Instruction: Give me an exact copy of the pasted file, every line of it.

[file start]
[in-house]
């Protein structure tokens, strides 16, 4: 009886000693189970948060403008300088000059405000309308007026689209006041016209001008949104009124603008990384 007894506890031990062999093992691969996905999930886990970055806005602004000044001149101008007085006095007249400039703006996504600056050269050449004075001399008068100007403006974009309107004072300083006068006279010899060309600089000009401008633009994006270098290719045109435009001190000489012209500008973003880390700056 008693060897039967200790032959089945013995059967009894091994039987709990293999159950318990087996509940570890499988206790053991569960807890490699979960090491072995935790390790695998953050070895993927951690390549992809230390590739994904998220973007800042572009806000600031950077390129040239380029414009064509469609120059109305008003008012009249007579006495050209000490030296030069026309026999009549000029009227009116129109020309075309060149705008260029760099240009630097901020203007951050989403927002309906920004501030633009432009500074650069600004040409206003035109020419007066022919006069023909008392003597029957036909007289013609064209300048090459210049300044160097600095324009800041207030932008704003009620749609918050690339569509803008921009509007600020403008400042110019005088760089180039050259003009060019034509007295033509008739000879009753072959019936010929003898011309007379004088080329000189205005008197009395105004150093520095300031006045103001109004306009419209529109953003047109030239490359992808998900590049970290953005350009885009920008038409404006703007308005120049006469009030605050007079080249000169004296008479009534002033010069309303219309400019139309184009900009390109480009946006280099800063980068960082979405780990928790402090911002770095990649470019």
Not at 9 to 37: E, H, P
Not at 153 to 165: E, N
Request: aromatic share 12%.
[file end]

[in-house]
């Protein structure tokens, strides 16, 4: 009886000693189970948060403008300088000059405000309308007026689209006041016209001008949104009124603008990384 007894506890031990062999093992691969996905999930886990970055806005602004000044001149101008007085006095007249400039703006996504600056050269050449004075001399008068100007403006974009309107004072300083006068006279010899060309600089000009401008633009994006270098290719045109435009001190000489012209500008973003880390700056 008693060897039967200790032959089945013995059967009894091994039987709990293999159950318990087996509940570890499988206790053991569960807890490699979960090491072995935790390790695998953050070895993927951690390549992809230390590739994904998220973007800042572009806000600031950077390129040239380029414009064509469609120059109305008003008012009249007579006495050209000490030296030069026309026999009549000029009227009116129109020309075309060149705008260029760099240009630097901020203007951050989403927002309906920004501030633009432009500074650069600004040409206003035109020419007066022919006069023909008392003597029957036909007289013609064209300048090459210049300044160097600095324009800041207030932008704003009620749609918050690339569509803008921009509007600020403008400042110019005088760089180039050259003009060019034509007295033509008739000879009753072959019936010929003898011309007379004088080329000189205005008197009395105004150093520095300031006045103001109004306009419209529109953003047109030239490359992808998900590049970290953005350009885009920008038409404006703007308005120049006469009030605050007079080249000169004296008479009534002033010069309303219309400019139309184009900009390109480009946006280099800063980068960082979405780990928790402090911002770095990649470019």
Not at 9 to 37: E, H, P
Not at 153 to 165: E, N
Request: aromatic share 12%.